Horsburgh

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Horsburgh are a Scottish kin-group or family who do not have a chief recognised by the Lord Lyon and are therefore considered an armigerous clan. They are associated with the Borders and the name is still found there and around Edinburgh.<ref>Plean, Squire, Encyclopedia, 405</ref> <ref>Dorward, Surnames, 147</ref> The local pronunciation of the name is said to be 'Horsebra'. <ref>http://www.electricscotland.com/webclans/htol/horsburgh2.html</ref>

Origins

This name means 'horse brook' and is taken from the lands and barony near Innerleithen in Peebleshire. <ref>George Way of Plean and Romilly Squire, Scottish Clan and Family Encyclopedia, 405</ref> <ref>David Dorward, Dictionary of Scottish Surnames, 147</ref>

Ruins of a tower with this name still exist.<ref>Plean, Squire, Encyclopedia, 405</ref>

Middle Ages

Simon de Horsbrock witnessed a charter to Melrose Abbey during the reign of Alexander II (1198-1249)<ref>Plean, Squire, Encyclopedia, 405</ref> In the 13th century the name is frequently found around Melrose. <ref>Dorward, Surnames, 147</ref>

In 1284 William of Horsburgh was the clerk of the Dean and Chapter of Glasgow at Berwick. <ref>PoMS http://db.poms.ac.uk/record/person/10261 (accessed 20th May 2014)</ref> In 1287 William is master and public notary at Edinburgh.<ref>PoMS http://db.poms.ac.uk/record/person/10261 (accessed 20th May 2014)</ref>

Simon de Horsbrok served Edward I of England in 1297. <ref>http://www.electricscotland.com/webclans/htol/horsburgh2.html</ref>

Master Michael de Horsbrok, a priest, witnessed a grant by Sir William of Durem of lands in Peebles between 1306 and 1330. <ref>http://www.electricscotland.com/webclans/htol/horsburgh2.html</ref>

In 1440 Robert Horsbruk was prior of St. Andrews. <ref>Dorward, Surnames, 147</ref>

Alexander Horsbrock of that Ilk is recorded in 1479. <ref>Plean, Squire, Encyclopedia, 405</ref> The arms recorded by Nisbet of a silver horse's head on a blue shield are clearly canting, or punning, on the family name.<ref>Plean, Squire, Encyclopedia, 405</ref>

Nineteenth Century

John Horseburgh (1791-1869) was an engraver, born at Prestonpans, near Edinburgh. <ref>Oxford Dictionary of National Biography, http://www.oxforddnb.com/view/article/13811?docPos=2 (accessed 20th May 2014) </ref> He produced engravings of works by J.M.W. Turner as well as views of Scottish landscapes and personalities. He was also a Baptist minister.<ref>Oxford Dictionary of National Biography, http://www.oxforddnb.com/view/article/13811?docPos=2 (accessed 20th May 2014) </ref>

James Horsburgh (1782-1836) was a hydrographer to the East India Company and a fellow of the Royal Society. Many of his works became standard in the field. <ref>Plean, Squire, Encyclopedia, 405</ref>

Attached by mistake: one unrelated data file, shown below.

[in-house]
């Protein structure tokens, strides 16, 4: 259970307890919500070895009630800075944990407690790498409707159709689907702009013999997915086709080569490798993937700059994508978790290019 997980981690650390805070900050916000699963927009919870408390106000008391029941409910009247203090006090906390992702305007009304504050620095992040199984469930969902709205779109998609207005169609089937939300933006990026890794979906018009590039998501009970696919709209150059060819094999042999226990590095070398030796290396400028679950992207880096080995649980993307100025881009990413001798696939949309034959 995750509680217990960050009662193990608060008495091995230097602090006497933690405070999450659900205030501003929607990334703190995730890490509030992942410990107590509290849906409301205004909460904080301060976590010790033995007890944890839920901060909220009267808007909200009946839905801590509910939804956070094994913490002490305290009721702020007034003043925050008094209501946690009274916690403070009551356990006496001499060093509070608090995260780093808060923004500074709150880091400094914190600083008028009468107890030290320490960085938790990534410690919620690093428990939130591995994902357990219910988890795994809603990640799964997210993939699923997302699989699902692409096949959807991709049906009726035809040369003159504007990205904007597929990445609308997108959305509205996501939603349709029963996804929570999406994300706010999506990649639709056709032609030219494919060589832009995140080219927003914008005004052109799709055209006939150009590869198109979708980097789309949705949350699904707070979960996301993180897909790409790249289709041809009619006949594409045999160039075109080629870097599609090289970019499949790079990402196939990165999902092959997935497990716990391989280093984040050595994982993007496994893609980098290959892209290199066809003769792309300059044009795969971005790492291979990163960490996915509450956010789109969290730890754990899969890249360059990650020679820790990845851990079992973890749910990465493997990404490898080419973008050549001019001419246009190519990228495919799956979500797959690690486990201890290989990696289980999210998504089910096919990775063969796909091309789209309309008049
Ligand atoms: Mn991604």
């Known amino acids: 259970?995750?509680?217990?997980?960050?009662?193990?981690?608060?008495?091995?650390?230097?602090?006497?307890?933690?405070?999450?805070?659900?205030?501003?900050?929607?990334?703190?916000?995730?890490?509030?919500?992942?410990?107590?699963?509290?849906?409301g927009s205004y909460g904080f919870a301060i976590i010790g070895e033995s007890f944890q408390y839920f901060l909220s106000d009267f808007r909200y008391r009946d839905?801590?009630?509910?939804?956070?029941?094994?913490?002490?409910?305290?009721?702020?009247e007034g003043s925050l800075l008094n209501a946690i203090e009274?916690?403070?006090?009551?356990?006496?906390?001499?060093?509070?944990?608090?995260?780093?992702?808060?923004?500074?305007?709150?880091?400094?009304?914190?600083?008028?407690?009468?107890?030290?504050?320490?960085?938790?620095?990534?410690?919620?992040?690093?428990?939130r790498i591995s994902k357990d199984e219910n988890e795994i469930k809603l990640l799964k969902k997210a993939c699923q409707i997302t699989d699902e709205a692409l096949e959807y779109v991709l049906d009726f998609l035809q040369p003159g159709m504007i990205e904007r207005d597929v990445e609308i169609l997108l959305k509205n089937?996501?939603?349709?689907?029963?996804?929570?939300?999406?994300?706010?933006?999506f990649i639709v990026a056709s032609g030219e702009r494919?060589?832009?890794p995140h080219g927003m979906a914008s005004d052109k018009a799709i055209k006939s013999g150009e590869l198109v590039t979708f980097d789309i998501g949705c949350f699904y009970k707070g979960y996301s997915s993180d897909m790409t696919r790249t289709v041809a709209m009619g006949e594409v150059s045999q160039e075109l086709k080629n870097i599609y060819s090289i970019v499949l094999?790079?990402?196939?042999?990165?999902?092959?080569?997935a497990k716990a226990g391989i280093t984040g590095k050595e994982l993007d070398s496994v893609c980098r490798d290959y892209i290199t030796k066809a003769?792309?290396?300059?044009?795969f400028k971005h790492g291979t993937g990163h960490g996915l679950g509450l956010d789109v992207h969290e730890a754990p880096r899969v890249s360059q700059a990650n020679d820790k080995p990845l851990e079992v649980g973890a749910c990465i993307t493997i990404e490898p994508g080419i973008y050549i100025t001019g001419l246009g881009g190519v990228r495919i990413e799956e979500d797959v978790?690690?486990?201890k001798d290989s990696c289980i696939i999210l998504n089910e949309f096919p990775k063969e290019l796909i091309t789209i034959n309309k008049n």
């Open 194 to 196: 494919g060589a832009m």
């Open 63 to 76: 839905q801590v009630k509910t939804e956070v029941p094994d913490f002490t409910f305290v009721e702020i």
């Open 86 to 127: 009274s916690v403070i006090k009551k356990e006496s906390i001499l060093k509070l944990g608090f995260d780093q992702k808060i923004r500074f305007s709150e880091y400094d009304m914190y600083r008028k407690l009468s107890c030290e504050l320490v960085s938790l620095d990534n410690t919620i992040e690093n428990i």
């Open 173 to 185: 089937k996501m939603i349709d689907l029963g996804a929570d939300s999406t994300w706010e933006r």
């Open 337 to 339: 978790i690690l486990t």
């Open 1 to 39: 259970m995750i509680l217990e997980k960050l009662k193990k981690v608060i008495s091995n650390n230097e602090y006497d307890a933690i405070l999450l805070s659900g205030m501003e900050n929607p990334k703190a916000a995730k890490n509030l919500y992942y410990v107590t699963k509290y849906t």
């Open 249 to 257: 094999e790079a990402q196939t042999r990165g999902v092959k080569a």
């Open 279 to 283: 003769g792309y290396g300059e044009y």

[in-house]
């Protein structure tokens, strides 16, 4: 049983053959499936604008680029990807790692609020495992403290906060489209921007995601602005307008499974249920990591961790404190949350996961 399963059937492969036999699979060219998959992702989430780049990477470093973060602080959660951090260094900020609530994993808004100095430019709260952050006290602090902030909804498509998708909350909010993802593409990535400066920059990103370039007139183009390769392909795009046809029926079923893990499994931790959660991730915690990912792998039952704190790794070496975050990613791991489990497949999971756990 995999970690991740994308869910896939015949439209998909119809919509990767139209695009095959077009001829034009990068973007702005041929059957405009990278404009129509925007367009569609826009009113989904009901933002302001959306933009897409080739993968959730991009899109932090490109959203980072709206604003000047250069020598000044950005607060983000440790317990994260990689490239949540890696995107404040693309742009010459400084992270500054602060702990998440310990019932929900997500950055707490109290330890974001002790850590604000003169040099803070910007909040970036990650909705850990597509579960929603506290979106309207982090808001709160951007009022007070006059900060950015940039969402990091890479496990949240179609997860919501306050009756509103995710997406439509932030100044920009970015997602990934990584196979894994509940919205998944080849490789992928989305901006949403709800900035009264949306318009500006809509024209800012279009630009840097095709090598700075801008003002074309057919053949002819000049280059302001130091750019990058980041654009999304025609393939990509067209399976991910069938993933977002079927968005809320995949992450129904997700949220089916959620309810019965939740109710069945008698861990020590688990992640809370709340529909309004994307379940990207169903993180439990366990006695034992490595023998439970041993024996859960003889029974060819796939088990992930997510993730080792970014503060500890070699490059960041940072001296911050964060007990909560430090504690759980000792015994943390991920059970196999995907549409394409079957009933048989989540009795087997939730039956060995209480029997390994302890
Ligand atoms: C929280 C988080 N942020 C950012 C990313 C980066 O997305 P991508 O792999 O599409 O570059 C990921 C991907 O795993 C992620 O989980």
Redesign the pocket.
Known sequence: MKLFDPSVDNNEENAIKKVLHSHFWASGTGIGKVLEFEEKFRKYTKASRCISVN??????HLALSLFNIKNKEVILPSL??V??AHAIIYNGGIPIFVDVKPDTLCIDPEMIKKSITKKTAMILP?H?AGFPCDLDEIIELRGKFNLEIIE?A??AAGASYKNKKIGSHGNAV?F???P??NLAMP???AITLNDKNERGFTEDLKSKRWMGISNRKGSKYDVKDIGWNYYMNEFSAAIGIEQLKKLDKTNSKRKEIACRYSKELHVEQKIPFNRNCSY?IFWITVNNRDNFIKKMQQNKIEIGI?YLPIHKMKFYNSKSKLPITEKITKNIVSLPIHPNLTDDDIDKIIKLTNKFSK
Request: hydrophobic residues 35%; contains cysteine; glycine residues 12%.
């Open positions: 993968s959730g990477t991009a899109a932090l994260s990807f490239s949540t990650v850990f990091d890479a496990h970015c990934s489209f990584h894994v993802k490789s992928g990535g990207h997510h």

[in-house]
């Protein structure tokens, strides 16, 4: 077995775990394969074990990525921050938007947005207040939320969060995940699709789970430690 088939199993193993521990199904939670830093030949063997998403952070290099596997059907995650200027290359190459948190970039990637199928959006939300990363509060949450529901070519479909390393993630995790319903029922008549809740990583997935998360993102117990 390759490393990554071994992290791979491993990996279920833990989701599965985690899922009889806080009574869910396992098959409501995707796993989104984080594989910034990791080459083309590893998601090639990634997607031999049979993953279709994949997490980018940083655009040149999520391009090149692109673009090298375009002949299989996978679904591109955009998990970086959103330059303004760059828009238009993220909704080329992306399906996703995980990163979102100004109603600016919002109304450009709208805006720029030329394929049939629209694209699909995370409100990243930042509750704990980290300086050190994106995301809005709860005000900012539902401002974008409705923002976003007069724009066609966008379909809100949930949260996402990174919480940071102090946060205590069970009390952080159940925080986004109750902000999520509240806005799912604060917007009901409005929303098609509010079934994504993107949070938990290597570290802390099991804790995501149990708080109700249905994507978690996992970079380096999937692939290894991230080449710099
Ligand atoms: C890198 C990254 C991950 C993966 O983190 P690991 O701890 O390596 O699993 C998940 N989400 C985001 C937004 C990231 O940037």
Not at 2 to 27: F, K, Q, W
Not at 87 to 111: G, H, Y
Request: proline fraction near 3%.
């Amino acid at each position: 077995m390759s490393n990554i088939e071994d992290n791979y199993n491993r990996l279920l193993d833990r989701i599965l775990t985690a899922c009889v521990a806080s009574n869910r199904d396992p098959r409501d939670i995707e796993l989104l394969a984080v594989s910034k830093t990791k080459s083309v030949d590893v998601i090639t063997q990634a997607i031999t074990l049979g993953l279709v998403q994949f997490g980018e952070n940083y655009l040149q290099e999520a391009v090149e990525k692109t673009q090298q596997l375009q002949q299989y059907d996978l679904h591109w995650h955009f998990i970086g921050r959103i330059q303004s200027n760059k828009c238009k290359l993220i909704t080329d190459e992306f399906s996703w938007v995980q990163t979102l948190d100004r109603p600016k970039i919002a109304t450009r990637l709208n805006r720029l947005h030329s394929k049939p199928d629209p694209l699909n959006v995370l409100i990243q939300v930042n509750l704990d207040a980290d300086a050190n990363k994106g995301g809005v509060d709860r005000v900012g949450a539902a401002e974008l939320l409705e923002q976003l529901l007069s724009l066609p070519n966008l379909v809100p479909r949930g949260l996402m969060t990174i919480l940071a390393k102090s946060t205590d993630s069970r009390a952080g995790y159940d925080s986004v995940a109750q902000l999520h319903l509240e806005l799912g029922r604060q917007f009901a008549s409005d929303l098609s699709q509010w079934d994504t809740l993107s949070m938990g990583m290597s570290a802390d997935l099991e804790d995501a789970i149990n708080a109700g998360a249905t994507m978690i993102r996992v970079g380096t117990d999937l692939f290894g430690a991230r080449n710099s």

Twentieth Century

Florence Horsbrugh, Baroness Horsbrugh, (1889-1969) was a Scottish Unionist Party and Conservative Party politician.

She held ministerial office in the wartime coalition governments as Parliamentary Secretary to the Ministry of Health (1939–45), and Parliamentary Secretary to the Ministry of Food (1945). As Parliamentary Secretary to the Minister of Health,1939–45, she was responsible for arranging the evacuation of schoolchildren from major cities during the war.

Following her return to the House of Commons she was the first woman to hold a Cabinet post in a Conservative government, and only the third woman, after Bondfield and Wilkinson to be appointed Cabinet minister in Britain's history (1953-1954), having been appointed Minister of Education in 1951.

She also served as a delegate to the Council of Europe and Western European Union from 1955 until 1960.

As part of her lifelong championing of social welfare issues, Horsbrugh took a marked interest in child welfare and introduced, as a private member, the bill which became the Adoption of Children (Regulation) Act 1939. Horsbrugh also carried out a great deal of preparatory work on the scheme which eventually became the National Health Service.

Horsbrugh was a Member of Parliament (MP) for Dundee from 1931 until her defeat in 1945. She was the first woman to move the Address in reply to the King's Speech. She unsuccessfully contested Midlothian and Peebles in 1950 and sat for Manchester Moss Side from 1950 until her retirement in 1959.

On retirement she was elevated to the House of Lords, as a life peer with the title Baroness Horsbrugh, of Horsbrugh in the County of Peebles, where she sat until her death.


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